Following his death aged 72, in 1962, The Cumberland News ran a glowing obituary. It read:
“In his professional capacity Mr Saint audited the accounts of many city firms and had seen the rise of many of them from small beginnings.
“During his long career he saw the growing importance of his profession in modern business and industry and he assisted by wise advice on financial matters to many local firms. He also undertook the audit of many local charities.”
He was survived by his wife Beryl, and his daughters, Jennifer and Ann.
John Boustead’s letter to his brother Roland, dated 22nd January 1916.
¼ Border Regiment
Last week’s mails, contrary to what the Post Office people told us, went down in the SS Persia and this week’s are four days late, not being due until Wednesday night.
Yesterday I got the accounts of the Mandalay Race Course posted together with a report on them, which amount to five pages, and of which I was quite proud. I have to check the a/cs in connection with a sweep which that have on every race and as there are over 50,000 books to examine it will be rather a big job. They make a nice profit out of this – 62,000 Rupees this year – in fact if it was not for this sweep they would make a loss of over 16,000 Rs a year.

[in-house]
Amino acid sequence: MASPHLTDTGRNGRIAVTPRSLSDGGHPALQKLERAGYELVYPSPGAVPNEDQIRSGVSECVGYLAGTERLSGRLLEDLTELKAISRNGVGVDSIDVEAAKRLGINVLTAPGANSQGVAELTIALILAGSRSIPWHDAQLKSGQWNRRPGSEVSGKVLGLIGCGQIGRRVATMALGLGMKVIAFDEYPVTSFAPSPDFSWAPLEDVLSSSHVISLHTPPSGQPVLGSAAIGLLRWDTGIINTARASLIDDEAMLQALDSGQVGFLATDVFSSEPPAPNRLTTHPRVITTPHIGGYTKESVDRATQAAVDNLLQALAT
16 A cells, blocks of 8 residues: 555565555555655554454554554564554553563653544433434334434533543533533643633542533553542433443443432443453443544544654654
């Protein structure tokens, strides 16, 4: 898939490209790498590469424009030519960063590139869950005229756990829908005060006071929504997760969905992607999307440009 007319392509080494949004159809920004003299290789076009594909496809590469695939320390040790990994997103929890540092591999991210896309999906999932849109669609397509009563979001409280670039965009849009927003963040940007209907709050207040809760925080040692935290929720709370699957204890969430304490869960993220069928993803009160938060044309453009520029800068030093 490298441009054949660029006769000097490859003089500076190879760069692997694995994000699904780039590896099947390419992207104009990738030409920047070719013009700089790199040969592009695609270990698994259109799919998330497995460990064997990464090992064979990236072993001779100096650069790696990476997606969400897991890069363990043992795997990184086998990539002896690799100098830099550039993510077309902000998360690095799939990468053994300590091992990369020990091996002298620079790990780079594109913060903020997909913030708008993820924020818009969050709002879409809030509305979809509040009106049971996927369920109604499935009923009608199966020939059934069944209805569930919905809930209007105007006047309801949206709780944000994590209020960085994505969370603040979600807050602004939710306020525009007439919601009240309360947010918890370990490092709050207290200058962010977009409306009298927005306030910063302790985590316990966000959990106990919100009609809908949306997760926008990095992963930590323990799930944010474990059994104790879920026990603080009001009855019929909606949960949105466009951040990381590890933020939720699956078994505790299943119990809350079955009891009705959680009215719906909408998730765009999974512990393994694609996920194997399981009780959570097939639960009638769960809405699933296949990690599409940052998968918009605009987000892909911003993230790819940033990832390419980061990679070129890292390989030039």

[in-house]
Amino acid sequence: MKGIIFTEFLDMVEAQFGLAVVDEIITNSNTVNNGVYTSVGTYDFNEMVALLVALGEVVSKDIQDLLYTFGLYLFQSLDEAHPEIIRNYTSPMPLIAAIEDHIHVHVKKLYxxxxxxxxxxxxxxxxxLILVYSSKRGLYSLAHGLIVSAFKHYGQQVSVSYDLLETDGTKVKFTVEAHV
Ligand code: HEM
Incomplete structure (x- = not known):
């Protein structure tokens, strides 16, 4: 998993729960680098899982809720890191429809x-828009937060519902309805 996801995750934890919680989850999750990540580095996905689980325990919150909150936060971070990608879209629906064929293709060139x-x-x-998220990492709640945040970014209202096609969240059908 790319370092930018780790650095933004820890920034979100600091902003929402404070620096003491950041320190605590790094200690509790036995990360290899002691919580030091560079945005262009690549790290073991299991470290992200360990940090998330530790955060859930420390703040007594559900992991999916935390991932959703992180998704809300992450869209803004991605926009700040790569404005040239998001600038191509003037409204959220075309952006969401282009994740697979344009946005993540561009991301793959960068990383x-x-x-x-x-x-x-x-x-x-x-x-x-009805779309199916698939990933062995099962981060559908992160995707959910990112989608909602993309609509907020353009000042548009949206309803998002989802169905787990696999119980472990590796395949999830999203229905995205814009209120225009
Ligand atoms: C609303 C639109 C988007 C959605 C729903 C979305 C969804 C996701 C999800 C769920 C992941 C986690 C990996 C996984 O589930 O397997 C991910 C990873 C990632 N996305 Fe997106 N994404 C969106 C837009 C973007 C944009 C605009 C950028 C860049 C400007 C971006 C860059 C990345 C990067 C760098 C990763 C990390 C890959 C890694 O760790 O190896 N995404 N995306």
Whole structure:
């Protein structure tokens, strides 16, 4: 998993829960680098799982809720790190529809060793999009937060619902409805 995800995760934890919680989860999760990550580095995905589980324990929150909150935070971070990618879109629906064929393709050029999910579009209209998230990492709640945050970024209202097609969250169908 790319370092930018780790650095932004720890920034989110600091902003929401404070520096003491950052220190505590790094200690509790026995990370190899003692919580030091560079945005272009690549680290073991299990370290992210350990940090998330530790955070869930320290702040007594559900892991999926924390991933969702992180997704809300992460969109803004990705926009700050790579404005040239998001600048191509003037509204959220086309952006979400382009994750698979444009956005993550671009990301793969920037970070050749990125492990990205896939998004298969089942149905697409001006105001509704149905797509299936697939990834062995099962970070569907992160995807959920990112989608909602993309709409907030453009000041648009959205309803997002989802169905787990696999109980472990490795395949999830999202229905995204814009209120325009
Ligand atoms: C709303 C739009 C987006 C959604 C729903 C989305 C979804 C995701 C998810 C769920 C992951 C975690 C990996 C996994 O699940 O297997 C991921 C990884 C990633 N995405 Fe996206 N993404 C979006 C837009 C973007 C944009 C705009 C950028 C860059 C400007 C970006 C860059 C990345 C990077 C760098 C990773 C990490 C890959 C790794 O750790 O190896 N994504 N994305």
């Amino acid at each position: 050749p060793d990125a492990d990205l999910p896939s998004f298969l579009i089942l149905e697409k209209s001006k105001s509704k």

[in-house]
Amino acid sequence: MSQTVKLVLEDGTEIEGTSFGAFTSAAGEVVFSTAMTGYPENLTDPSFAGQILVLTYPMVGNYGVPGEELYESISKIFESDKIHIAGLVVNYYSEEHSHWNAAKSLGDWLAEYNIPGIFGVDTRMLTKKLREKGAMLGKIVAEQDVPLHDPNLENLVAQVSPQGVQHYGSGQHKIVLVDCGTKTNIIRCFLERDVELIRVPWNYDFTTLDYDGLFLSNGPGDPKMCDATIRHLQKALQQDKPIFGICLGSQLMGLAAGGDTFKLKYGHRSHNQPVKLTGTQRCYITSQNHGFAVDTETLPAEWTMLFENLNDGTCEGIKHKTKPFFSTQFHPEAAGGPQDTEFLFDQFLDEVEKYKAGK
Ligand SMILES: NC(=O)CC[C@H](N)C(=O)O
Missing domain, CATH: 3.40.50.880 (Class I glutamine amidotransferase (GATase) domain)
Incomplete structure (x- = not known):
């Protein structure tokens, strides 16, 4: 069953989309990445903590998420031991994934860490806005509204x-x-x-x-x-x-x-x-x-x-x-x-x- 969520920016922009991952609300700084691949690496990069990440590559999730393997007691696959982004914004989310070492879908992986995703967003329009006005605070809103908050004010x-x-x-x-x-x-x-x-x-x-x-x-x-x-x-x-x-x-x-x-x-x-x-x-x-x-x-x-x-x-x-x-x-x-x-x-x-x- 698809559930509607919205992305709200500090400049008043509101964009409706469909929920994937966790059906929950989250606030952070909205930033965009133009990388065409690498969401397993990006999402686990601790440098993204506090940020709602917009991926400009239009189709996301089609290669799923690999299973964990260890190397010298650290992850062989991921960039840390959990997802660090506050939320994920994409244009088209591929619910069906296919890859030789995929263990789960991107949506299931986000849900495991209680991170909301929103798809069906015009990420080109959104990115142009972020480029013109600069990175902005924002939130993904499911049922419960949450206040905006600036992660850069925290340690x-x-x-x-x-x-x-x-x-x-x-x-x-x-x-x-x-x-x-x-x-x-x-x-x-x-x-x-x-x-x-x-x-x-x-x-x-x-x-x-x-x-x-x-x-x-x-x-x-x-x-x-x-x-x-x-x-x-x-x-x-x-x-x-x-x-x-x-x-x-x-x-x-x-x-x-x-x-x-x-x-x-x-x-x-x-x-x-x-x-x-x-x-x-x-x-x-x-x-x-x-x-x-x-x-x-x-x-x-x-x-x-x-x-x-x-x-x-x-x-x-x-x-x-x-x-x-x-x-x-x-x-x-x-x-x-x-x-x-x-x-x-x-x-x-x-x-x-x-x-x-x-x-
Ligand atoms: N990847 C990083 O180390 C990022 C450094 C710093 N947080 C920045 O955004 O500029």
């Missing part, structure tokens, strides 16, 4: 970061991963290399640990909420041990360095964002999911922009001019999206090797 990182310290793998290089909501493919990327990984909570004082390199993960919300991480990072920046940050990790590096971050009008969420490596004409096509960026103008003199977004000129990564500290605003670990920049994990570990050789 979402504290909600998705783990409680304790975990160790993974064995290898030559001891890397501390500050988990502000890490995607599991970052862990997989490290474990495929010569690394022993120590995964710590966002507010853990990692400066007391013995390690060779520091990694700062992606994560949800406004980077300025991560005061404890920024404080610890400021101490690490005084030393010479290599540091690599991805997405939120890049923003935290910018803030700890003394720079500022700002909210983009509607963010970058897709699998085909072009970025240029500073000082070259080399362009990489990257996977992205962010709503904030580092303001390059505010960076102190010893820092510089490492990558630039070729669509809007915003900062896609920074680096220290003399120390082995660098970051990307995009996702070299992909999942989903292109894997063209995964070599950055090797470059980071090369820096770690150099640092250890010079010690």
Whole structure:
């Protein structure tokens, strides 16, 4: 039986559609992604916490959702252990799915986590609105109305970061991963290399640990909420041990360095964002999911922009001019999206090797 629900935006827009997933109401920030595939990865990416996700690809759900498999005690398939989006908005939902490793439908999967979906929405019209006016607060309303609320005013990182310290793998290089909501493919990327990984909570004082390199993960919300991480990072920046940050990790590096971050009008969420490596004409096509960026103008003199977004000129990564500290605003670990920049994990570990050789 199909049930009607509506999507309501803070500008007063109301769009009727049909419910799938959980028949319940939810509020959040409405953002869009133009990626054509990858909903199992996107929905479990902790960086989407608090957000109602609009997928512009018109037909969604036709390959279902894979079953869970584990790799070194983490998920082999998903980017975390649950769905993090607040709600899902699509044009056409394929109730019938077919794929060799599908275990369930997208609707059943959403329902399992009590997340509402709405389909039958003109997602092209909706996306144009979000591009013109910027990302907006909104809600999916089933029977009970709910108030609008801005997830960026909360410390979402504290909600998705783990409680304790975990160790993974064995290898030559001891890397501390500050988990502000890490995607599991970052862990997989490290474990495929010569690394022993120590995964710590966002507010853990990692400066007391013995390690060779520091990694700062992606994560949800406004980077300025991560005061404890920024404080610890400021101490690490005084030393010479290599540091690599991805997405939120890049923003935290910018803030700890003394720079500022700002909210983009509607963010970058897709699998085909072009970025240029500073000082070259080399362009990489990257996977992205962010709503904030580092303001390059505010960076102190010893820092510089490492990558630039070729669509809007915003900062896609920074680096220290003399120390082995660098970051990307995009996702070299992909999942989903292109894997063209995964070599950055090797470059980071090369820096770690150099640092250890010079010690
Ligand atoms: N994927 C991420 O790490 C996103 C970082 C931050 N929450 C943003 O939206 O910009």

Two items I came across in doing the vouching rather amused me, they were:
- To Coolie bringing steam roller to race course – Rs1.
- To Coolie getting steam roller out of mud – Rs3.
Of course it did not say whether it was the same Coolie or not, if it was, he had a good eye for business.
Most of the invoices were in English but among them was one in Chinese and several in Burmese; the latter I had to get one of the boys to translate. What else could I have done when figures such as… Stared me in the face? It seemed very like shorthand but I was told they meant Rs83, 22/8 and 6.
Last Sunday we had another game of cricket and like the previous week only three of us were wanted – Halstead, Jimmy and I. The match this time was “The Volunteers” v “The Rest”, Jimmy played for the “Volunteers” as they were a man short. They started jolly well, a chap called Harper Knocking up 50 in no time and about 4 o’clock they returned with 167 and only four wickets down. W.S.C. had gone in first and made 18 before he was caught.
We had an hour and a half before us, in which to knock off the runs. I was lucky again, getting 39. Liest Uruston, a very amusing chap who was in with me, got 50 odd in about 30 minutes. Guy Heelis got 6 or 7, Beuole (who is growing as fat as a pig) got a blob and Haldstead 1. We eventually finished up just as the bugle in the Pioneer lines blew retreat (5.30pm) with 168 and two wickets to fall.
There is nothing more to say, and a letter with a lot of questions would be most acceptable but as it is not forthcoming I will close.